The deal agreed by the three main parties undoubtedly heralds a new age for the British media. Some newspaper editors and Tory MPs have compared the new restrictions to Putin’s Russia or African dictatorships, the death of a free press independent of government interference. Yet all the deal includes is a plan to commission a Royal Charter, setting up a new, independent regulator (one of which we already have; it’s called the Press Complaints Commission, and it’s not very effective) which will have the power to direct apologies and fines up to £1 million. In other words, it can tell newspapers who have printed inaccurate stories about people to apologise on the front page, if it was front-page news, instead of buried at the back in small print. It essentially amounts to common decency and is something already practised in France (not Zimbabwe). This Royal Charter is not enforced by statute but a new law will mean that it cannot be changed by Parliament unless they have a two-thirds majority, i.e. if most people agree that it’s not working.
Their deal has completely overlooked the real problem; victims of phone-hacking do not just want an apology when the damage has already been done, but satisfactory assurance that the newspapers don’t violate their individual privacy in the first place. Phone-hacking is a criminal offence under the Regulation of Investigatory Powers Act of 2000, as it counts as unauthorised interception, and so the courts should use this power to punish perpetrators appropriately. This is all that victims of phone-hacking really want enforced; a potential prison sentence would make journalists think twice about whether it’s worth hacking someone’s phone or e-mails for a page 10 by-line. Because, at the end of the day, editors just want stories to run and they are more than willing to bat an eyelid to where the story has come from; telling editors they might have to pay a fine or issue an apology, should they be found out, is not too much of a preventative. Would you tell a drug dealer to ‘apologise’ if somebody died of an overdose? No, you’d arrest them. That is what’s supposed to happen to criminals.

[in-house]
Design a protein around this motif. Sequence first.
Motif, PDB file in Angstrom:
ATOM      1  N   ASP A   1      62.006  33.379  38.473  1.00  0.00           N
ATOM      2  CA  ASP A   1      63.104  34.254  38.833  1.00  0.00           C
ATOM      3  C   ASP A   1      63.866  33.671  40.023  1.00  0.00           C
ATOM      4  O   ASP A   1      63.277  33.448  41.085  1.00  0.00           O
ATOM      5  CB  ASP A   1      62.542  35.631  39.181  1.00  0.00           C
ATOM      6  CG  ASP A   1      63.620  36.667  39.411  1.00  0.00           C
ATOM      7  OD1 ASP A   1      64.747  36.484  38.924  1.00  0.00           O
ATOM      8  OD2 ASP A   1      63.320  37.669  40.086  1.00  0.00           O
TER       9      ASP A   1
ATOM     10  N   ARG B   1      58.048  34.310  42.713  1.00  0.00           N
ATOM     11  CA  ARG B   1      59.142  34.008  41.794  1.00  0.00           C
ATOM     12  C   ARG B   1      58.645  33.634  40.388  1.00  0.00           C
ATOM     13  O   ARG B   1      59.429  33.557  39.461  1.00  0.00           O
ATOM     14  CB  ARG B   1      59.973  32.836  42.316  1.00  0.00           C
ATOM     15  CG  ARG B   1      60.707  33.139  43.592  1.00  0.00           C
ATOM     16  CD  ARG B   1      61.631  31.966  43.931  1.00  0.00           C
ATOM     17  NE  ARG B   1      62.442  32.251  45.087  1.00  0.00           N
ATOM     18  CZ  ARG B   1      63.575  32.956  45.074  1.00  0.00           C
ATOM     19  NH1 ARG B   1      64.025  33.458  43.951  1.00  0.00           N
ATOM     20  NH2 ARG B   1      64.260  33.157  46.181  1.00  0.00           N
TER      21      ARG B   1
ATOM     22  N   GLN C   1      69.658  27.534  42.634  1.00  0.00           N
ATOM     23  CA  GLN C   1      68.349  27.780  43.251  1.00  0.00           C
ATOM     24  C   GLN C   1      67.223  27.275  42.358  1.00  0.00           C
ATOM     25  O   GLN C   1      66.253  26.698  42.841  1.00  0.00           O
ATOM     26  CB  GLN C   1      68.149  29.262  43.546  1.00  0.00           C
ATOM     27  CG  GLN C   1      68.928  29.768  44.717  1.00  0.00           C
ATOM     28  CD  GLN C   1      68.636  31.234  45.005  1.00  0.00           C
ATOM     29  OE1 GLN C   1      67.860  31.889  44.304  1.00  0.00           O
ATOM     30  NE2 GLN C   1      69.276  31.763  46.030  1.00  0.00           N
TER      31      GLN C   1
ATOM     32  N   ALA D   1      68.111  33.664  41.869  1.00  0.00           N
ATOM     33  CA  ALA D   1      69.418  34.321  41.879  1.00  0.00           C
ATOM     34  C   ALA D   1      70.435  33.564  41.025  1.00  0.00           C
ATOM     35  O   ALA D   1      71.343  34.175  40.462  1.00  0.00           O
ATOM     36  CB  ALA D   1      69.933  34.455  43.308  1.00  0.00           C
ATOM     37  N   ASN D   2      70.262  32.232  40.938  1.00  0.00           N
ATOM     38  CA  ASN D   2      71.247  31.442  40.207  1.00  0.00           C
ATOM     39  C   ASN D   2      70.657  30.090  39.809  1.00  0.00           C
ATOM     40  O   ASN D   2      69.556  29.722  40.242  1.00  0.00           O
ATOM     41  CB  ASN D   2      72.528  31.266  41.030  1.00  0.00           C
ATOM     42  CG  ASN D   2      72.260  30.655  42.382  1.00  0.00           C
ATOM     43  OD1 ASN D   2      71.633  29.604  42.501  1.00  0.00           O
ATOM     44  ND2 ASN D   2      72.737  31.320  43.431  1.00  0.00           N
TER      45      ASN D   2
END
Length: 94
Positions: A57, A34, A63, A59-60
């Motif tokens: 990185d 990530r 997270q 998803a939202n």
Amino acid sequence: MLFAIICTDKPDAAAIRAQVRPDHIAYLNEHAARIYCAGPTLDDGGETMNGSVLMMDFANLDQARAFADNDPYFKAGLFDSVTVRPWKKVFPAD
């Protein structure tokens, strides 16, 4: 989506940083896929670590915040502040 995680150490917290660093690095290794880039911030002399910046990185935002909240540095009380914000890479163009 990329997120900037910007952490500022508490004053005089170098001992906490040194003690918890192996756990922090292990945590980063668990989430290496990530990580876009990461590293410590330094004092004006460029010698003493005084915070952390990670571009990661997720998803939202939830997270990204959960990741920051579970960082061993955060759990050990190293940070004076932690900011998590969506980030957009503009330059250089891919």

Yet the deeper issue is whether journalists should be deemed ‘criminals’ for doing their job, i.e. making the public aware of things that are going on which they wouldn’t otherwise know. I went to see the then-Editor of the Times, James Harding, speak on the issue of press regulation at Oxford University Media Society in May 2012 (he resigned that December). He led negotiations between editors and No. 10 about how to create a reformed press system in the wake of the Leveson Inquiry. To us, he said that we have more to fear from secrecy than we have to gain from privacy; that there should be laws protecting journalists so that they can do their jobs properly, not laws penalising them. He claimed, then, that journalists (and their editors) had to deem what was in the ‘public interest’ and, if it they decided something was, should be allowed to pursue the truth about this issue.